More to the point
If the authors used Google Translate then chances are Google has logs of those interactions which include IP address, potentially identity of the person using it. They might have used Tor but then again maybe they didn't.
The WannaCrypt extortion notes were most likely written by Chinese-speaking authors, according to linguistic analysis. WannaCry samples analysed by security outfit Flashpoint contained language configuration files with translated ransom messages for 28 languages. All but three of these messages were put together using Google …
Chinese is not a homogenous single language. Different idioms, way of sentence structure (and not applicable here, but vocal patterns) and vocabulary differ highly from area to area, region to region.
(not even counting the dozens of different regional dialects).
Most of this is much more relevant to the spoken language, since the written is the same. Most likely what they analyzed given the areas noted is probably the writing looks like it was written by somebody that speaks Cantonese. Totally different language than Mandarin, but still uses the same written characters.
"Totally different language than Mandarin, ..."
You might want to consider this small extract from the article:
" ...a glaring grammatical error in the note suggest the speaker is non-native or perhaps poorly educated."
You might notice that the extract I quoted also has a grammatical error.
Where does it end??
Most people, especially those from the supposed "masters of the universe" class, would not be able to spot that. Grammar and usage apparently don't get taught in business schools these days, or, judging from the performance of the last two business school educated Presidents, for the last few decades at least.
On the substance: shouldn't really be a surprise if it turns out the people behind this were Chinese speakers. I mean, after all, it's not like all dark web government contractors are from the Americas and Eastern Europe. It would make sense for the three-letter agencies who have been funding the hacker-for-hire industry recruited from Asia, undoubtedly in an effort to contain costs.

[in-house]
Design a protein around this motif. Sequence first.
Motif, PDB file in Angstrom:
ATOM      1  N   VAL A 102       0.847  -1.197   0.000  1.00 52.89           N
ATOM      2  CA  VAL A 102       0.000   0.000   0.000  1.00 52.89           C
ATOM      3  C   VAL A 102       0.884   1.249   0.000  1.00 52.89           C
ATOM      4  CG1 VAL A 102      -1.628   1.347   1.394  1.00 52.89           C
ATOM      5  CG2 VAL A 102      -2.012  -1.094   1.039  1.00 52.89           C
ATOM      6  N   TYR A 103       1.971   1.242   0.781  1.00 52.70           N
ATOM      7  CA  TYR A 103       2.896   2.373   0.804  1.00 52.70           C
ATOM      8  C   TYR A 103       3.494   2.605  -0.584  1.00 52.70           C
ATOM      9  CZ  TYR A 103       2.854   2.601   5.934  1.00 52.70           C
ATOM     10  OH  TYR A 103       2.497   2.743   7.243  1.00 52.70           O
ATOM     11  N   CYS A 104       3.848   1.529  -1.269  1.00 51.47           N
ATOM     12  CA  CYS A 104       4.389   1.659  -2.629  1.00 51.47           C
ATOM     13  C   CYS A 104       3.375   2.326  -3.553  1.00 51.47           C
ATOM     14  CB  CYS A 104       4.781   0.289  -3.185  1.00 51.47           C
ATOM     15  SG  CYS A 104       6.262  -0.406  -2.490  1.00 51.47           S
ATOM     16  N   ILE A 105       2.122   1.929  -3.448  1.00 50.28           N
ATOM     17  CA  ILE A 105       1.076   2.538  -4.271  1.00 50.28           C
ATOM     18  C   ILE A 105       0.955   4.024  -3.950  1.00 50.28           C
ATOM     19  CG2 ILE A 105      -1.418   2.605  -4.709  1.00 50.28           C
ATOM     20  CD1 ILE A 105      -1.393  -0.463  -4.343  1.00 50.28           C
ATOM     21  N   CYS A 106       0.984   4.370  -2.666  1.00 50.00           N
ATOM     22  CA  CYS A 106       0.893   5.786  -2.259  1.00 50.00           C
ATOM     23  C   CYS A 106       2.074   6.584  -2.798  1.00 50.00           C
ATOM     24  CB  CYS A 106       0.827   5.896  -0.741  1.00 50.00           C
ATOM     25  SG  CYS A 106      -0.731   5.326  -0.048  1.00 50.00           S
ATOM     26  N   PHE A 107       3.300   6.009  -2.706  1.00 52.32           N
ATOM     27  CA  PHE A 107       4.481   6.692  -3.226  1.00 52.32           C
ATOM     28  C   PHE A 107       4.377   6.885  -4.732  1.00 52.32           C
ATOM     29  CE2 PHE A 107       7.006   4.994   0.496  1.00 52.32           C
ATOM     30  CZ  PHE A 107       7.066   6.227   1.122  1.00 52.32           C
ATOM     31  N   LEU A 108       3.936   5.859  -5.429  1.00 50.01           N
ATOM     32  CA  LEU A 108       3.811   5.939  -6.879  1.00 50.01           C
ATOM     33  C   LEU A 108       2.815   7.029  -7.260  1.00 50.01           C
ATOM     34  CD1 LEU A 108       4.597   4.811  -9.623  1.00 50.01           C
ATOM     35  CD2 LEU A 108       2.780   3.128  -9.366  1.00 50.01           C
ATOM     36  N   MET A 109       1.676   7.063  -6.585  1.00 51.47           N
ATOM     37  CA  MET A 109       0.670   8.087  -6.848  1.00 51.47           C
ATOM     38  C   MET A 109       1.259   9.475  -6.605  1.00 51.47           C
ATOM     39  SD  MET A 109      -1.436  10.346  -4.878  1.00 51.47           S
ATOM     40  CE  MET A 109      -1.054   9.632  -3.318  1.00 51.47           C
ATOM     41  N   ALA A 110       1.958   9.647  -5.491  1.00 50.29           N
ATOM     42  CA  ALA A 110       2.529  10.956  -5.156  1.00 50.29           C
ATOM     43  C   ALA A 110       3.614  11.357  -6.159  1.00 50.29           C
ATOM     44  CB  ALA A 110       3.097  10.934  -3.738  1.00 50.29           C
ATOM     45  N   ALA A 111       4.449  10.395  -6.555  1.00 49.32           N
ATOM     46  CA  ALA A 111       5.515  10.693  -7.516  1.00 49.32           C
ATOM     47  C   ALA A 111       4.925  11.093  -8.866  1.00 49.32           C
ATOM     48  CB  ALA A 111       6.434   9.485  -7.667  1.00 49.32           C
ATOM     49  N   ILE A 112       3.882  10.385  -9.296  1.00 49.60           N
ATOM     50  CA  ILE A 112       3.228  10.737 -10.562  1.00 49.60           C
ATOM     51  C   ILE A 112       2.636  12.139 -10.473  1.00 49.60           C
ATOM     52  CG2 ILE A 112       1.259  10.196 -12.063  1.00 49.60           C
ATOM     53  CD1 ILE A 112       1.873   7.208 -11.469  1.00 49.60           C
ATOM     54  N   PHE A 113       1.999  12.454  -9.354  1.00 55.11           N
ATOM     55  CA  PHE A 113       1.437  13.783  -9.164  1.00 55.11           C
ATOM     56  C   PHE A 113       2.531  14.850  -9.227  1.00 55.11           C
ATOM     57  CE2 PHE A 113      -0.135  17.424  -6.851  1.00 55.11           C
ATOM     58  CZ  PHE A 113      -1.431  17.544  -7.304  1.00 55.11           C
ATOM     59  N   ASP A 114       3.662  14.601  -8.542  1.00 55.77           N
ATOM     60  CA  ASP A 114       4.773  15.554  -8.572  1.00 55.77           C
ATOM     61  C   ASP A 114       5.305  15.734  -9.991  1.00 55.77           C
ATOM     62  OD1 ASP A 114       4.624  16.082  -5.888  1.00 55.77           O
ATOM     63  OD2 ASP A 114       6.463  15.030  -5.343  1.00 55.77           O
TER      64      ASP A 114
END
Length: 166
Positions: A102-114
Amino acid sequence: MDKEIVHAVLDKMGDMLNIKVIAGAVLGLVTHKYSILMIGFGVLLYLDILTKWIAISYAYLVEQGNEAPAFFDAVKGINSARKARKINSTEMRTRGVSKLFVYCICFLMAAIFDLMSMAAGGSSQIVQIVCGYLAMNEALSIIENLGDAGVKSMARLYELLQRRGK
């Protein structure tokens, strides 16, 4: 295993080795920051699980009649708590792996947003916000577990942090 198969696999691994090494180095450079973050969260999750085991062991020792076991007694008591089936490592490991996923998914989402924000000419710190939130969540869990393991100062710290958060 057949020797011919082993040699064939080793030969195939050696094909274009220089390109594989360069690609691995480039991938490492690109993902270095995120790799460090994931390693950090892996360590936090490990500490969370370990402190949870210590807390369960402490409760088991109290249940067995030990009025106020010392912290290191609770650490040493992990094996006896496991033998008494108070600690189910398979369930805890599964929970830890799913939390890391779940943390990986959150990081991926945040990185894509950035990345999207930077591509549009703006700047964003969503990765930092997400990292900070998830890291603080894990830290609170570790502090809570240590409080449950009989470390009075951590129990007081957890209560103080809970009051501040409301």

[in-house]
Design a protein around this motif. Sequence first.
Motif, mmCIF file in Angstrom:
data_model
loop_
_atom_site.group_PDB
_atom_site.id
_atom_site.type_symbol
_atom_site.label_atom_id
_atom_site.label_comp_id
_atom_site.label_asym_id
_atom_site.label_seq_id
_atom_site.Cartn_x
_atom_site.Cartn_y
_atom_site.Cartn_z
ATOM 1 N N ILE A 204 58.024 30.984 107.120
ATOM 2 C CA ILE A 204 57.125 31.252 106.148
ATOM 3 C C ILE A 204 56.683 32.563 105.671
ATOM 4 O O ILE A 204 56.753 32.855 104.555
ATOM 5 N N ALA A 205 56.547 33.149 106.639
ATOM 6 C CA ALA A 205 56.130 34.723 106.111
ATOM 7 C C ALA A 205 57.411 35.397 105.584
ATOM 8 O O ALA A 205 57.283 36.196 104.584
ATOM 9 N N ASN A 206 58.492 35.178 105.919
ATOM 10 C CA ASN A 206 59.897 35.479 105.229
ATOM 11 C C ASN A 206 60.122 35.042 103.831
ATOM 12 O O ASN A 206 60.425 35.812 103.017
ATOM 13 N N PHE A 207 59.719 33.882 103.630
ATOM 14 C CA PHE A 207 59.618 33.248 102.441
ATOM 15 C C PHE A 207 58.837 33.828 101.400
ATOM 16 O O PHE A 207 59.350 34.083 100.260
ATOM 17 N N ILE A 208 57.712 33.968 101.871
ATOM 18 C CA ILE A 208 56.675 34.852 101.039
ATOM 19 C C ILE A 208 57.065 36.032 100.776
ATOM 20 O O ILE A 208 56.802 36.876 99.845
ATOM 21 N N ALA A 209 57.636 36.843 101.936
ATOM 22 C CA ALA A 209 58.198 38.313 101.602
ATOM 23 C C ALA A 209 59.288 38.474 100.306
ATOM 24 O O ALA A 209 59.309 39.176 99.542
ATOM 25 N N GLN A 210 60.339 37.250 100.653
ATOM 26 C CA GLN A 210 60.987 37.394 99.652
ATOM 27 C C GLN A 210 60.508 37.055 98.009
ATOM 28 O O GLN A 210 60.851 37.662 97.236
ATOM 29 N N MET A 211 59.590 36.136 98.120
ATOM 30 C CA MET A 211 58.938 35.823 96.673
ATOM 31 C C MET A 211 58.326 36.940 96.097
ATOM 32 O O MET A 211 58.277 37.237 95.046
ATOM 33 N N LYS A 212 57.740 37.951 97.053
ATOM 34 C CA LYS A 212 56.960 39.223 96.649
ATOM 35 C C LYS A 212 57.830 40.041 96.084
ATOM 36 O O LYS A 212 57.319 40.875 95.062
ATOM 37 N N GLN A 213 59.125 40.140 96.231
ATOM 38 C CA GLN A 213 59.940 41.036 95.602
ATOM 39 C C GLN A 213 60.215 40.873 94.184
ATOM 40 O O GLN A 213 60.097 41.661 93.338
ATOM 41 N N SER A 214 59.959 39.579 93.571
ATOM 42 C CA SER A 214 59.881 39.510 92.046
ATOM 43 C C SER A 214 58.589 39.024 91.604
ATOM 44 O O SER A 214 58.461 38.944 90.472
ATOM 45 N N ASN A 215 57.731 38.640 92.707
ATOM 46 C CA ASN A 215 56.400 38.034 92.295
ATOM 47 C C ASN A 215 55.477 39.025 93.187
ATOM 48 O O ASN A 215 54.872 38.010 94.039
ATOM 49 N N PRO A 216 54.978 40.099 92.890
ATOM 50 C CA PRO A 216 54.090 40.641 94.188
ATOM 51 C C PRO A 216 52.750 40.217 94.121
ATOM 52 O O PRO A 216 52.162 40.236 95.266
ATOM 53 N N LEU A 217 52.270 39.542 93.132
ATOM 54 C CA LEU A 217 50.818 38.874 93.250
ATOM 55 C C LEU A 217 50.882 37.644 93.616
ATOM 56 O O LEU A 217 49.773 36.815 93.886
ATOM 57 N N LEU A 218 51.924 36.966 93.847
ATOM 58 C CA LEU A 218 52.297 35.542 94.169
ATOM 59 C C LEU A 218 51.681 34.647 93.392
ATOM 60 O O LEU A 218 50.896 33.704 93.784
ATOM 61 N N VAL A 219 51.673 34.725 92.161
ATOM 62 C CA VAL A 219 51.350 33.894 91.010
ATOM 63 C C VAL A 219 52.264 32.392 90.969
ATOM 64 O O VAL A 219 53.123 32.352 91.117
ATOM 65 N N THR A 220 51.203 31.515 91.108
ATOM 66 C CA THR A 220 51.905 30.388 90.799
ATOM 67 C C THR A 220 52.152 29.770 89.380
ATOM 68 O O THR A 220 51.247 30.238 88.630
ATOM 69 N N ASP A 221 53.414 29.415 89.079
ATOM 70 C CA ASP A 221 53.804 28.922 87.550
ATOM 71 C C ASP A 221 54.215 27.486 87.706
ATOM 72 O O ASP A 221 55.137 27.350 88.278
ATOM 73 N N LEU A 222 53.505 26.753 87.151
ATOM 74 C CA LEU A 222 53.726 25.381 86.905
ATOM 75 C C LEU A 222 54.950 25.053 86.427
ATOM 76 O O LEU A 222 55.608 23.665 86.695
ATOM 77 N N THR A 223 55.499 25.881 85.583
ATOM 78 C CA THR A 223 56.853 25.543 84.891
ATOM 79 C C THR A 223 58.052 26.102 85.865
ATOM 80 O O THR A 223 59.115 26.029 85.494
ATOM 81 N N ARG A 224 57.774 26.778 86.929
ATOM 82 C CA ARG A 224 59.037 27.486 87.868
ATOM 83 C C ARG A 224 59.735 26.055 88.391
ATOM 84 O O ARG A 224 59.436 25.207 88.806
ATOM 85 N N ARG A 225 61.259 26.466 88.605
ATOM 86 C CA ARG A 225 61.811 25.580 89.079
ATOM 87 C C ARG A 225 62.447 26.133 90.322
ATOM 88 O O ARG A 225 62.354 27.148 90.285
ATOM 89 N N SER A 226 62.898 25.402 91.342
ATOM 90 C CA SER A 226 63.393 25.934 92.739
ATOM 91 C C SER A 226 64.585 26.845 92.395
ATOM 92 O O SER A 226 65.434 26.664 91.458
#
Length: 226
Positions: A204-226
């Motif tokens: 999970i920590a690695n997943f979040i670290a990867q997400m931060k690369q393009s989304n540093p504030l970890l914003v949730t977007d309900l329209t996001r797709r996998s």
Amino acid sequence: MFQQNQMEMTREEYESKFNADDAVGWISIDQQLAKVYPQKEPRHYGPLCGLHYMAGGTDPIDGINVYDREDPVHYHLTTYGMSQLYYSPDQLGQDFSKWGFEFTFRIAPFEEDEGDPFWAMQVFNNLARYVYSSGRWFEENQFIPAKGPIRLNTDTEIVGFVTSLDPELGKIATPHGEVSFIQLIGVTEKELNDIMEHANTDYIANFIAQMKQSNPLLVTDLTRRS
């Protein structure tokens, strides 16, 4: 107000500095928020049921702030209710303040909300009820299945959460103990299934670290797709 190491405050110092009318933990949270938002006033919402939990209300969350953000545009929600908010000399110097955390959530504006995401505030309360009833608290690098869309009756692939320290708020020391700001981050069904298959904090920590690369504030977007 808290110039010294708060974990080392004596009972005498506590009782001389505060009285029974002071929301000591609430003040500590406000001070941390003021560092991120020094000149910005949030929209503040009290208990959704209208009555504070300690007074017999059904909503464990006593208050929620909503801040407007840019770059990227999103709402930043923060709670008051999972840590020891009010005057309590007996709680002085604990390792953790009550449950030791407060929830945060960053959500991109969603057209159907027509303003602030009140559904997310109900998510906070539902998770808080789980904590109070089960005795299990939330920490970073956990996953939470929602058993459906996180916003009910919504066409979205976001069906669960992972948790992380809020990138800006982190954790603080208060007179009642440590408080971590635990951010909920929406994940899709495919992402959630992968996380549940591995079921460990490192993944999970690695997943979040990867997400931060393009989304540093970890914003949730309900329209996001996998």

All of this stuff seems so familiar:during the Cold War the US outsourced military operations against the Soviets to the Mujahideen. In the new "cyber" war the three-letters outsourced "cyber" operations to a constellation of well-connected Beltway firms that employed ex-government executives to maintain those connections. The fact that government itself has little or no organic capability to perform those operations is no accident. First of all, it would be an awful waste to have to use up finite job openings that could go to patrons, their families or business associates by employing people with actual technical skills that few in the aforementioned groups are likely to have, and, second, spending on in house resources competes with the gravy train of contracts that is the whole point of "right-sized" government.
Funny that southern China and Hong Kong speak Cantonese, Taiwan and Singapore speak Mandarin which makes identifying the language of the perps pretty confusing to me. My bet is that the NSA did it and included obfuscation to conform to the usual ' plausible deniability' clause in the job spec.
Note to the outraged:- you can replace 'NSA' by anyone you want, the meaning of my comment would be unchanged.